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Slots in Planes

Don't Use 'Em!
Douglas Brooks

Has this ever happened to you? The board is finished. The traces are tightly routed and you have done a magnificent job of confining them to the fewest possible number of signal trace layers. Then the engineer calls and tells you he has forgotten one little thing--just one little net that happens to run horizontally across the entire board! It will take hours to tweak hundreds of other traces to fit this one in. But, just one little slot in an adjacent ground plane would make room for it and you would be done in minutes. And, after all, it is the engineer's fault, not yours, that you have to create this little slot! Tempting, isn't it? Well, don't do it! This article will give you three reasons why slots in planes are to be avoided on high speed boards.

Signal 1 Signal Return 1 Signal 2 Signal Return 2 Slot Trace Layer Ground Plane

Impedance Control:
Signal traces begin to look like transmission lines to signals with very fast rise times. The problem with transmission lines is that reflections, and therefore noise and false triggering, can occur if the characteristic impedance of the line is not controlled over its entire length. If there is a discontinuity in the impedance of the line, a destructive reflection can be caused by that discontinuity. The characteristic impedance of a trace is determined by its geometry, one element of which is the distance between the trace and an adjacent plane. If all other things are constant, but the distance to the plane changes, the impedance will change at that point and a reflection is likely to occur. Consider Signal 1 in Figure 1. It is referenced to the ground plane along its length except where the trace crosses the slot in the plane. In high speed designs, the return signal for Signal 1 will be on the ground plane directly under the trace for reasons I gave in my January column (Footnote 1). But the slot interrupts the path of the return signal, and it must find a way around the slot. This discontinuity causes an obvious change in geometry that in turn causes a change in impedance. An easy analogy would be if we cut a coaxial cable and spliced it as shown in Figure 2. We intuitively know that this is bad practice! So is allowing an impedance controlled trace to cross a slot in a plane!

Figure 1. Allowing signals on trace layers to cross over slots on adjacent reference planes can cause problems in impedance control, EMI radiation, and crosstalk.

keep loops as small as possible. The case of a signal trace directly over a plane is an excellent example of controlled loop area. The return signal is tightly coupled to the trace and the loop area is very small. It is clear from Figure 1, however, that if there is a discontinuity in the plane, the signal return path must necessarily move away from the trace. Where it actually goes can become an interesting effort in speculation. The return signal might, for example, find its way through nearby bypass caps to a different plane. In this case we might get lucky and the practical effect of the slot might be small. On the other hand, the return signal may have to travel all the way around the slot. In this case the loop area could be relatively large, causing serious EMI problems. The point is that the path of the return signal is uncontrolled, with subsequent unknown consequences. That's why we don't want to create the situation in the first place.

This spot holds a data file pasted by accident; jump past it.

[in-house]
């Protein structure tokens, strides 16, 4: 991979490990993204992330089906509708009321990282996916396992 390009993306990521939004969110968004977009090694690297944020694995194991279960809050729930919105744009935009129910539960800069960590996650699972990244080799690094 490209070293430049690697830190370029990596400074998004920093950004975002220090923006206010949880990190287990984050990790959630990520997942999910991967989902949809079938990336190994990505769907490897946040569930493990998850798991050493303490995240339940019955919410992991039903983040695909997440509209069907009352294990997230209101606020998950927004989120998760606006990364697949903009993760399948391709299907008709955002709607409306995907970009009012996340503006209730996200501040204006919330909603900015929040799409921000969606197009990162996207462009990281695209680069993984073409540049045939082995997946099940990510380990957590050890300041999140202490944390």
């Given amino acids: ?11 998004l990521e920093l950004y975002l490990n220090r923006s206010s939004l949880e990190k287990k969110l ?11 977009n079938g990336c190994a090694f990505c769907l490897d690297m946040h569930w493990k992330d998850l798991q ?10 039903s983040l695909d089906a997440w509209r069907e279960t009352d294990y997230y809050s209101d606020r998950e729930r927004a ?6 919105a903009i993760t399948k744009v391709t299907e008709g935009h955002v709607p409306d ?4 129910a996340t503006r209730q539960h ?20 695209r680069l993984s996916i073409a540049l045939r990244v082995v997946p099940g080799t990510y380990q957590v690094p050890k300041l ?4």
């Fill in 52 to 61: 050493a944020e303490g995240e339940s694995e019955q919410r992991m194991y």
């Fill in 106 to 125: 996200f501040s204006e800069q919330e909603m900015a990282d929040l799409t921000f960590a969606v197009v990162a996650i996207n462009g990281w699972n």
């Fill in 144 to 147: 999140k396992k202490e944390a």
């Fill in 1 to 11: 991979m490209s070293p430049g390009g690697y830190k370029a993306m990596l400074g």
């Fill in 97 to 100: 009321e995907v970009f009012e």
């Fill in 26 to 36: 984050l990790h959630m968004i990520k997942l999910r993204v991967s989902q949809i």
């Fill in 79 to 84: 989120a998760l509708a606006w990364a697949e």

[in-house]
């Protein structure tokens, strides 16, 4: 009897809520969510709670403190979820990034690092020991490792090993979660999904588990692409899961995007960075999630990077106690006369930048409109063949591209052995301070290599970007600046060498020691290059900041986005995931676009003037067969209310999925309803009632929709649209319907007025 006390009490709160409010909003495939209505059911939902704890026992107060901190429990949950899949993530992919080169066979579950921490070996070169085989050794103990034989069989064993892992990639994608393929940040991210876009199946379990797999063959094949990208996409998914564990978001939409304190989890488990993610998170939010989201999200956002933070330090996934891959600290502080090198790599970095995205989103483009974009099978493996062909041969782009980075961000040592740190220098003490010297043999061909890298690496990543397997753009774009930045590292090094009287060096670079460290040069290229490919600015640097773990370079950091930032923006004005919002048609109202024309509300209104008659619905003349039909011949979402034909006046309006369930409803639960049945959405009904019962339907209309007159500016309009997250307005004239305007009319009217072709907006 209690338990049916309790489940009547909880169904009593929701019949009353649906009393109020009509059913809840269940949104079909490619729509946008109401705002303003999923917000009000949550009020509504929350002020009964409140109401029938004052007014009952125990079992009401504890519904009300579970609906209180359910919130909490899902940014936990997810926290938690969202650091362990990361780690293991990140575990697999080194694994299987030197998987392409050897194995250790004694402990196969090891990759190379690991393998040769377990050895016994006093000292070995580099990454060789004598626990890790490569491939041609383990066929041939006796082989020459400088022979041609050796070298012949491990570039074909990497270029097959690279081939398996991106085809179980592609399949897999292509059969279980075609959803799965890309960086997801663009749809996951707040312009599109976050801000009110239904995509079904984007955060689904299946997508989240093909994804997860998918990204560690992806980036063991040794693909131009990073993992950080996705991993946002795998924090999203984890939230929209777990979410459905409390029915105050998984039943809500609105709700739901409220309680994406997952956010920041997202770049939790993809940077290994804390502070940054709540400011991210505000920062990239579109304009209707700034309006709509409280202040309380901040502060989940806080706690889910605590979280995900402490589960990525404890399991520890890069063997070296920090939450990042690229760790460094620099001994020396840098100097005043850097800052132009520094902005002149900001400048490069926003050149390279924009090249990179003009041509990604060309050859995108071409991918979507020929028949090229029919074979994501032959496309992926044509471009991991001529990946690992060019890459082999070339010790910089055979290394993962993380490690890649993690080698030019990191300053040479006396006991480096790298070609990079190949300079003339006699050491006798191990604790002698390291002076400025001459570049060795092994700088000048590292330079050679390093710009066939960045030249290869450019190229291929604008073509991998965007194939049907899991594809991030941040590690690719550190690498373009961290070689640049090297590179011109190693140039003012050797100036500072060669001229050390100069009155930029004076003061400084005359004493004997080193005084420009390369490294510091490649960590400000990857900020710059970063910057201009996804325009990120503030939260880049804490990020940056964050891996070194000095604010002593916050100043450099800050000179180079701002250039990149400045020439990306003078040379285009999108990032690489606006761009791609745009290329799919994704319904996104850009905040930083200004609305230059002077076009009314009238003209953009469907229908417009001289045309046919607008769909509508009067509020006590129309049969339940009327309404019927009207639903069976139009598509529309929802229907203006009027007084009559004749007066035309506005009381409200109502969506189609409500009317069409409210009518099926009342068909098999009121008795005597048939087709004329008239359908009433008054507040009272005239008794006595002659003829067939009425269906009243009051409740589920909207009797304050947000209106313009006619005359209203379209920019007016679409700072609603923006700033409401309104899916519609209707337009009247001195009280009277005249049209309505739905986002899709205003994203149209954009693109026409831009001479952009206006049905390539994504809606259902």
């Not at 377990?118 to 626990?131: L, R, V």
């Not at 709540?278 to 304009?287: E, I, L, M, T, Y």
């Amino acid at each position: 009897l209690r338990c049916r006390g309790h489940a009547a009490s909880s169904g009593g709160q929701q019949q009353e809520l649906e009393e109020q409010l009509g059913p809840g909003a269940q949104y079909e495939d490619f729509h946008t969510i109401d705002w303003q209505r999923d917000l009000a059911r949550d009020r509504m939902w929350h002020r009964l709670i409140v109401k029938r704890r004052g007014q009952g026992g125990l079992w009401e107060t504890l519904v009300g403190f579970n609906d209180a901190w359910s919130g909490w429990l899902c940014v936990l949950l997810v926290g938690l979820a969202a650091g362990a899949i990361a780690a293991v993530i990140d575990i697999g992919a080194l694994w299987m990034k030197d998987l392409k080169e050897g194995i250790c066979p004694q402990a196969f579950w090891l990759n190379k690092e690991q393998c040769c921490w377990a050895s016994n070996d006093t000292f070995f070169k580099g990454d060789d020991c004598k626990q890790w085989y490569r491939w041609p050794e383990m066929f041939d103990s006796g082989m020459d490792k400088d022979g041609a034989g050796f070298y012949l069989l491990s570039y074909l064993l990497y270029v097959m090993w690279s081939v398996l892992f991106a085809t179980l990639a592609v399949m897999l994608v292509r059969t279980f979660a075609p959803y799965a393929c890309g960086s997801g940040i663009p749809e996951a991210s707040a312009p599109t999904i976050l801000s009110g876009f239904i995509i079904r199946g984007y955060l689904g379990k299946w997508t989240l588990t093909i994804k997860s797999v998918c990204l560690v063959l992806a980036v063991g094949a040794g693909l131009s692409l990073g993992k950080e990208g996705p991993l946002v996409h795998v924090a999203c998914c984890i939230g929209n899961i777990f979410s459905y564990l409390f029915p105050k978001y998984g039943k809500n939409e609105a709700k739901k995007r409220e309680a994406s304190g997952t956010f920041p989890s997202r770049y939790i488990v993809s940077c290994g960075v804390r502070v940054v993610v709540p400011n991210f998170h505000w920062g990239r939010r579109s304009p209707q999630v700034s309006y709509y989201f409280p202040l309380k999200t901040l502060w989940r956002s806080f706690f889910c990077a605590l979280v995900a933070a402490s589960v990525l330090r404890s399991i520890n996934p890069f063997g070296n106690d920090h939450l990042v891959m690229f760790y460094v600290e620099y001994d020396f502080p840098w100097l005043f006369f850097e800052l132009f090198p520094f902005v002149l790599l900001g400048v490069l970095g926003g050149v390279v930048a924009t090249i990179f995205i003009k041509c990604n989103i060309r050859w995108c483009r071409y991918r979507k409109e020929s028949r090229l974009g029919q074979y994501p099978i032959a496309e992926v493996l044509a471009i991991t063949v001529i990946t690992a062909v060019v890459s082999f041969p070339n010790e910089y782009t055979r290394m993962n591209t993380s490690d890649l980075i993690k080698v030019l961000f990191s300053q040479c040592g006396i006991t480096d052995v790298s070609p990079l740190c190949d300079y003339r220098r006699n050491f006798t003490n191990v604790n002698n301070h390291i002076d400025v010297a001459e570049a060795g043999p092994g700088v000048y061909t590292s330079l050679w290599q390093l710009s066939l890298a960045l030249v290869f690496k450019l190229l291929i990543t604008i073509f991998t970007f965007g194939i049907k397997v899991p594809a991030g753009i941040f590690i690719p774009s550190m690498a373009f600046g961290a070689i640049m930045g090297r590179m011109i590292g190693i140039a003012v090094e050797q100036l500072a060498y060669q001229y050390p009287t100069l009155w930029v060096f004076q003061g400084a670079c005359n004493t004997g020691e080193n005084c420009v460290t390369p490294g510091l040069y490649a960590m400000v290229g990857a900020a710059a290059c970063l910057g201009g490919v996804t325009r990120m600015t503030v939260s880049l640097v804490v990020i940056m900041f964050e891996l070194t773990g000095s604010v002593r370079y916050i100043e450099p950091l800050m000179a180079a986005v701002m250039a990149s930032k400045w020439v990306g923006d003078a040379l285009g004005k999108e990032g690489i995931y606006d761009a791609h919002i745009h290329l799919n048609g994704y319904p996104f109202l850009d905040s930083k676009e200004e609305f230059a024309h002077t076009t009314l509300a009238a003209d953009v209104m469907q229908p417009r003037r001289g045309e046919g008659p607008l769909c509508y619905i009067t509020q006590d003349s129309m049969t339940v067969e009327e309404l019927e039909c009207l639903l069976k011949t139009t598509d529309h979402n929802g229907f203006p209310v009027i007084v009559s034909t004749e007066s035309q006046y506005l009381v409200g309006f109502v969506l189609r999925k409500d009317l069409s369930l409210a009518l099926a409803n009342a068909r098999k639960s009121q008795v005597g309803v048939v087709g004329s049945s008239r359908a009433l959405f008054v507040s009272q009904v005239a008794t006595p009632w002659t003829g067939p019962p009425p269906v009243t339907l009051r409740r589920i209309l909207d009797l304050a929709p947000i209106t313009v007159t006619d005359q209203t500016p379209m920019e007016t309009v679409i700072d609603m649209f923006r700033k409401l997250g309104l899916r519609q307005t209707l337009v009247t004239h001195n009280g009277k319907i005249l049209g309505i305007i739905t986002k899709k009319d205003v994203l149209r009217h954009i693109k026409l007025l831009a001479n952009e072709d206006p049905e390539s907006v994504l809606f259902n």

Crosstalk:
When two traces are adjacent to each other, they can couple unwanted (noise) signals into each other. This cou-

EMI Noise:
In my January column I also pointed out that one source of EMI radiation is the "loop area" defined by a signal trace and its signal return path. Since destructive radiation can be directly related to loop area, we want to

Figure 2 Splicing a coax cable in this manner would likely cause severe reflection prob-

This article appeared in Printed Circuit Design, a Miller Freeman publication, March, 1999 (c) 1999 Miller Freeman, Inc. (c) 1999 UltraCAD Design, Inc.

even possibly congruent! This creates obvious potential for crosstalk between the signal returns. the engineer discovers that he has unwanted reflections on a trace. See "Loop Areas: Close 'Em Tight. The effects of slots are really subtle and difficult to recognize. In a well controlled design their return paths would be directly underneath their respective traces and would necessarily be spaced the same distance as their signals. But if there is a slot in the reference plane. He checks the traces and verifies that the impedance control guidelines (trace thickness and spacing) have been met. the further the traces are spaced apart the better. 1999 2. In Figure 1. Part 1: The Conversation We Wish Would Stop. Signal 1 and Signal 2 are spaced well apart from each other. 1997 . and under certain circumstances the crosstalk coupling might be very high. The degree of coupling is inversely related to the square of the distance between the traces. 1997. never find the real problem in the board design. unfortunately. and "Crosstalk. Over this distance they might be very close together.pled noise is called "crosstalk" (Footnote 2). January. Responsible designers don't do this to their associates! FOOTNOTES: 1. then the return paths have to find a way around the slot." PC Design Magazine. It doesn't occur to the engineer that the problems are related to the planes rather than to the traces." November. After the prototypes are built. especially to an engineer or technician who didn't design the board. Some engineers spend an enormous amount of time and. and the crosstalk control guidelines (trace separations) are correct. Tough Troubleshooting: It sometimes is not apparent or recognized that there is a slot in an internal plane. EMI radiation. See "Crosstalk. the routing is seemingly good. To a large extent. and crosstalk problems. Part 2: How Loud Is It?". December.